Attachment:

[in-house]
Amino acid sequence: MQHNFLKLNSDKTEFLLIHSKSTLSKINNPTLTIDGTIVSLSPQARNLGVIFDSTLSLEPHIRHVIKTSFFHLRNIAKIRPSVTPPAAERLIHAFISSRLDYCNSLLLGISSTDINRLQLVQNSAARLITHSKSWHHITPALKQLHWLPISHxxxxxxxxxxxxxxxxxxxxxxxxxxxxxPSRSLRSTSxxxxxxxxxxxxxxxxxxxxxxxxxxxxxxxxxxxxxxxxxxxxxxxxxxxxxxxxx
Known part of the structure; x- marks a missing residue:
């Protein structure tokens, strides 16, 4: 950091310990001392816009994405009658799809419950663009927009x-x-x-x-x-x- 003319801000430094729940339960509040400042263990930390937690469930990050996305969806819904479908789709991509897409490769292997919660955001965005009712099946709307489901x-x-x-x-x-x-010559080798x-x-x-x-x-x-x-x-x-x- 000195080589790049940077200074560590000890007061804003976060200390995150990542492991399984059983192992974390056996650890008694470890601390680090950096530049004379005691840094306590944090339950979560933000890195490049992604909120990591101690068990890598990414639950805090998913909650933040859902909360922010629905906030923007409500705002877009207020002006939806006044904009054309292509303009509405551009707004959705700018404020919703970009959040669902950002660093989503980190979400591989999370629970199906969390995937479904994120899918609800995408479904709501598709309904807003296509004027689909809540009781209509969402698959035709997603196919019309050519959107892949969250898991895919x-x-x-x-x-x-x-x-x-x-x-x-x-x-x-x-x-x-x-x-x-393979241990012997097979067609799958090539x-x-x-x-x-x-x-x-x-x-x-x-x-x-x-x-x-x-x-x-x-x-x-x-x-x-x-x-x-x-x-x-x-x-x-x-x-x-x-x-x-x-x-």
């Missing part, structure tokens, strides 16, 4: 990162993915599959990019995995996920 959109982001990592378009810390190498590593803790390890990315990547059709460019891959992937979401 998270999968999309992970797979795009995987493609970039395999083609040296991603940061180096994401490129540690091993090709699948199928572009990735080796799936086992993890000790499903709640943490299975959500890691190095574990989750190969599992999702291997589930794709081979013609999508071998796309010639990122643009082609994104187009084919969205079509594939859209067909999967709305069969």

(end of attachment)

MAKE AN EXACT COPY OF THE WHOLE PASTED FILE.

[in-house]
Amino acid sequence: MQHNFLKLNSDKTEFLLIHSKSTLSKINNPTLTIDGTIVSLSPQARNLGVIFDSTLSLEPHIRHVIKTSFFHLRNIAKIRPSVTPPAAERLIHAFISSRLDYCNSLLLGISSTDINRLQLVQNSAARLITHSKSWHHITPALKQLHWLPISHxxxxxxxxxxxxxxxxxxxxxxxxxxxxxPSRSLRSTSxxxxxxxxxxxxxxxxxxxxxxxxxxxxxxxxxxxxxxxxxxxxxxxxxxxxxxxxx
Known part of the structure; x- marks a missing residue:
């Protein structure tokens, strides 16, 4: 950091310990001392816009994405009658799809419950663009927009x-x-x-x-x-x- 003319801000430094729940339960509040400042263990930390937690469930990050996305969806819904479908789709991509897409490769292997919660955001965005009712099946709307489901x-x-x-x-x-x-010559080798x-x-x-x-x-x-x-x-x-x- 000195080589790049940077200074560590000890007061804003976060200390995150990542492991399984059983192992974390056996650890008694470890601390680090950096530049004379005691840094306590944090339950979560933000890195490049992604909120990591101690068990890598990414639950805090998913909650933040859902909360922010629905906030923007409500705002877009207020002006939806006044904009054309292509303009509405551009707004959705700018404020919703970009959040669902950002660093989503980190979400591989999370629970199906969390995937479904994120899918609800995408479904709501598709309904807003296509004027689909809540009781209509969402698959035709997603196919019309050519959107892949969250898991895919x-x-x-x-x-x-x-x-x-x-x-x-x-x-x-x-x-x-x-x-x-393979241990012997097979067609799958090539x-x-x-x-x-x-x-x-x-x-x-x-x-x-x-x-x-x-x-x-x-x-x-x-x-x-x-x-x-x-x-x-x-x-x-x-x-x-x-x-x-x-x-």
């Missing part, structure tokens, strides 16, 4: 990162993915599959990019995995996920 959109982001990592378009810390190498590593803790390890990315990547059709460019891959992937979401 998270999968999309992970797979795009995987493609970039395999083609040296991603940061180096994401490129540690091993090709699948199928572009990735080796799936086992993890000790499903709640943490299975959500890691190095574990989750190969599992999702291997589930794709081979013609999508071998796309010639990122643009082609994104187009084919969205079509594939859209067909999967709305069969």